Humanity’s Relationship With Nature

Lessons from the Torah


Many Tu Bishvat haggadot (books detailing the liturgy and rituals of the seder) draw on biblical texts to teach about humanity’s connection with nature, the land of Israel, and ultimately, humanity’s relationship with God. At times there is an interconnection. For example, the promise of abundance in the land of Israel is based on following God’s will. The following selections are just a taste of what is found in the Torah on the subject of humanity and nature. The Torah translations are reprinted with permission from Tanakh: The Holy Scriptures, published by the Jewish Publication Society.

God Created Humanity To Rule Over the Earth

God said, “Let us make man in our image, after our likeness. They shall rule the fish of the sea, the birds of the sky, the cattle, the whole earth, and all the creeping things that creep on earth.” And God created man in His image, in the image of God He created him; male and female He created them. God blessed them and God said to them, “Be fertile and increase, fill the earth and master it; and rule the fish of the sea, the birds of the sky, and all the living things that creep on earth.”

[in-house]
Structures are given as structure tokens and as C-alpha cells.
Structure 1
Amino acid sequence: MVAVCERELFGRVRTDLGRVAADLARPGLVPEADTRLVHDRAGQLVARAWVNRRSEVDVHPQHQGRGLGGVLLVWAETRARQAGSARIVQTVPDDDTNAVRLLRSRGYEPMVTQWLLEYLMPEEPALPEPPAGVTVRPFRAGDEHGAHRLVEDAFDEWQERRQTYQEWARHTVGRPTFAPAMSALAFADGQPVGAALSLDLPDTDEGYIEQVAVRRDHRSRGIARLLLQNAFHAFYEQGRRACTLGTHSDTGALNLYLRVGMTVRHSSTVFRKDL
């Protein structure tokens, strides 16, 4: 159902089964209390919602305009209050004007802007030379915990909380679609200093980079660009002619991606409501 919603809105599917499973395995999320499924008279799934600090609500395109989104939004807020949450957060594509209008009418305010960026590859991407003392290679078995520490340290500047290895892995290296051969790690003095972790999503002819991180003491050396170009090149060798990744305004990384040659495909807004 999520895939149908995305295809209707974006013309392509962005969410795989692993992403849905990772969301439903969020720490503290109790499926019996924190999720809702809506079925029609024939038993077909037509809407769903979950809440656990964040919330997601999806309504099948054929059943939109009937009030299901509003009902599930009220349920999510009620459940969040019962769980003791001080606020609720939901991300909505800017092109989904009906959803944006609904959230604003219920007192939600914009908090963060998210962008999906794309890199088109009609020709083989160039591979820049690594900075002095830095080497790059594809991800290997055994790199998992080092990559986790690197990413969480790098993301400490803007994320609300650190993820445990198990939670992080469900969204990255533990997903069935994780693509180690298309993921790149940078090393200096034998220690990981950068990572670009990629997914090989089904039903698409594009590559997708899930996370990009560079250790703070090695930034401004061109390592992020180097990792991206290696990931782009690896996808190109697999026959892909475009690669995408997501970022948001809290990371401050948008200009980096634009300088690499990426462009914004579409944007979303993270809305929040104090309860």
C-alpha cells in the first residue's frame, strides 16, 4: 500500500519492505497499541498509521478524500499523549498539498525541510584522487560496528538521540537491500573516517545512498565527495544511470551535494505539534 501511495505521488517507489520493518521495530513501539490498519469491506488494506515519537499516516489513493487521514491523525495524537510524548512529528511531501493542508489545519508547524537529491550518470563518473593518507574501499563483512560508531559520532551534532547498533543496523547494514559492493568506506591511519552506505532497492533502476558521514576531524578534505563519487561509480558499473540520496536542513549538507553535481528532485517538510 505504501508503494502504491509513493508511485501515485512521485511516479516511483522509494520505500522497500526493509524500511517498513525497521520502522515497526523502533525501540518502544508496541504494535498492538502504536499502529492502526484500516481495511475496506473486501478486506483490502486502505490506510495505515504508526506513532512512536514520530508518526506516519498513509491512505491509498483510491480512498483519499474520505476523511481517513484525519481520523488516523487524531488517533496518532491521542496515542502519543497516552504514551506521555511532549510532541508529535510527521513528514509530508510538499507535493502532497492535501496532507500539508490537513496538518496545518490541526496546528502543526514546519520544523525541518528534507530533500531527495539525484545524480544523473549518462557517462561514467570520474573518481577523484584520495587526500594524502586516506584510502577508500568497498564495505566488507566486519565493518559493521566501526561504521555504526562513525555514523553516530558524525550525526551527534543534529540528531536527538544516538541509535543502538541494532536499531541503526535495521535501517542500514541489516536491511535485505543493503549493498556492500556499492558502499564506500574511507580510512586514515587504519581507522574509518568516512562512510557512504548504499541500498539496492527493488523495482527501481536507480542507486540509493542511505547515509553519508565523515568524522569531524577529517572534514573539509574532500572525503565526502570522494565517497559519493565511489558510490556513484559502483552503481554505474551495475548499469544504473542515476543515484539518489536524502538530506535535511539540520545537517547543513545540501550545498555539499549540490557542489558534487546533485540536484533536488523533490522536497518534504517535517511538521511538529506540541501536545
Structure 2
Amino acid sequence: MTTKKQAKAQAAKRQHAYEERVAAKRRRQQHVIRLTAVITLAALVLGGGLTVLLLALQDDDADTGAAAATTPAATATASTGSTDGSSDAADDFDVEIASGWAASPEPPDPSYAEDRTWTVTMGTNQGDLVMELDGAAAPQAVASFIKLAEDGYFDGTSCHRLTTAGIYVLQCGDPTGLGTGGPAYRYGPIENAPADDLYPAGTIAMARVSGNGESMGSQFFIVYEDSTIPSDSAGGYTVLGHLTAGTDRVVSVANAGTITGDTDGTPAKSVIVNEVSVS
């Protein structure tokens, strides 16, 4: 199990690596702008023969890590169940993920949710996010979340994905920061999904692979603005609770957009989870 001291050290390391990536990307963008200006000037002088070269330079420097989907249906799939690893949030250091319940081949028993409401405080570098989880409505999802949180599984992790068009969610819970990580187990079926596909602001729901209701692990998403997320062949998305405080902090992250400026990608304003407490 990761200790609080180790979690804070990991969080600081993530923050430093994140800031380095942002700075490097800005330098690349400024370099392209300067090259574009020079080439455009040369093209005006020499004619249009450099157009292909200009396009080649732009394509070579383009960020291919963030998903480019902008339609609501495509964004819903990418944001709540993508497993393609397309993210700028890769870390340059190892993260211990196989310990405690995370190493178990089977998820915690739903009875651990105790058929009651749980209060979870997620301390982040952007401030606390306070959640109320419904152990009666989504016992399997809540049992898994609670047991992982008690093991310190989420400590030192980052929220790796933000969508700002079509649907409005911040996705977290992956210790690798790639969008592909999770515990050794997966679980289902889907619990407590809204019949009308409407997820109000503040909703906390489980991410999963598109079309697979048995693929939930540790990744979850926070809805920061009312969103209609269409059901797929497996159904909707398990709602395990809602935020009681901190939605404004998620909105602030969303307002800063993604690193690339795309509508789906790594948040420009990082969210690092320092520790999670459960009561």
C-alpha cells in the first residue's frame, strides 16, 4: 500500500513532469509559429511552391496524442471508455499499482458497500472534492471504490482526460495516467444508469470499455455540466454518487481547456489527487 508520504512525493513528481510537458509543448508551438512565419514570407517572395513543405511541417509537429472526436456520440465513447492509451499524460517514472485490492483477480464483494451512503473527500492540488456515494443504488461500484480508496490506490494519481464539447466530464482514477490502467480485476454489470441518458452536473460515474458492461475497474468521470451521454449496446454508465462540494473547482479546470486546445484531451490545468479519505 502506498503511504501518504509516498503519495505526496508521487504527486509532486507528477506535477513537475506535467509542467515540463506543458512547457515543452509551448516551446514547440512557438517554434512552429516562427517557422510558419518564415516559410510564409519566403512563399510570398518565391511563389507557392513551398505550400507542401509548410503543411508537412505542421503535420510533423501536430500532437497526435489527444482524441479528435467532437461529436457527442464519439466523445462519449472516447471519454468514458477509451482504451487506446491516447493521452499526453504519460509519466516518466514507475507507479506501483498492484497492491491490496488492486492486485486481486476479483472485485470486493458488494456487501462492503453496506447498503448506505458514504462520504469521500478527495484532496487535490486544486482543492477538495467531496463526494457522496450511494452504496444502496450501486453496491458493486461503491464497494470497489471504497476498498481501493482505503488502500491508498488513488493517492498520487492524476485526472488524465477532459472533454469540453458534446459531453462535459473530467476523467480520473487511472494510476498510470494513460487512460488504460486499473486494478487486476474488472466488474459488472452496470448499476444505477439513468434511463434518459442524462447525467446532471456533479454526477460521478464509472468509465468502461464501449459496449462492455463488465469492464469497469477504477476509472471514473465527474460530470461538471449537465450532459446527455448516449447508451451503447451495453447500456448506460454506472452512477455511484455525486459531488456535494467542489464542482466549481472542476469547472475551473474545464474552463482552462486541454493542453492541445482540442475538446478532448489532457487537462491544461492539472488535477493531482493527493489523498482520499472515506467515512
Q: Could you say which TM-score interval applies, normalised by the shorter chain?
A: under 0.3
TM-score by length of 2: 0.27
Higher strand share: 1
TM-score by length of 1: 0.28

humanity's relationship with natureGod said, “See, I give you every seed-bearing plant that is upon all the earth, and every tree that has seed-bearing fruit; they shall be yours for food. And to all the animals on land, to all the birds of the sky, and to everything that creeps on earth, in which there is the breath of life, [I give] all the green plants for food.” And it was so. And God saw all that He had made, and found it very good. And there was evening and there was morning, the sixth day.

Р­Genesis 1:26-31 

Commentary on Genesis 1:26, 28

1:26: The term “rule” is the rule of a master over a servant.

1:28: Master it: God gave them power to rule over the land to do as they wish with the cattle and the reptiles, and all that creeps in the dust, to build and to “uproot the planted,” and from the hills to mine copper, and so on.

­РNachmanides, commentary on Genesis, chapter 1. Rabbi Moshe ben Nachman (1194-1270), known as Nachmanides, was a Spanish rabbi, poet, philosopher, and physician.

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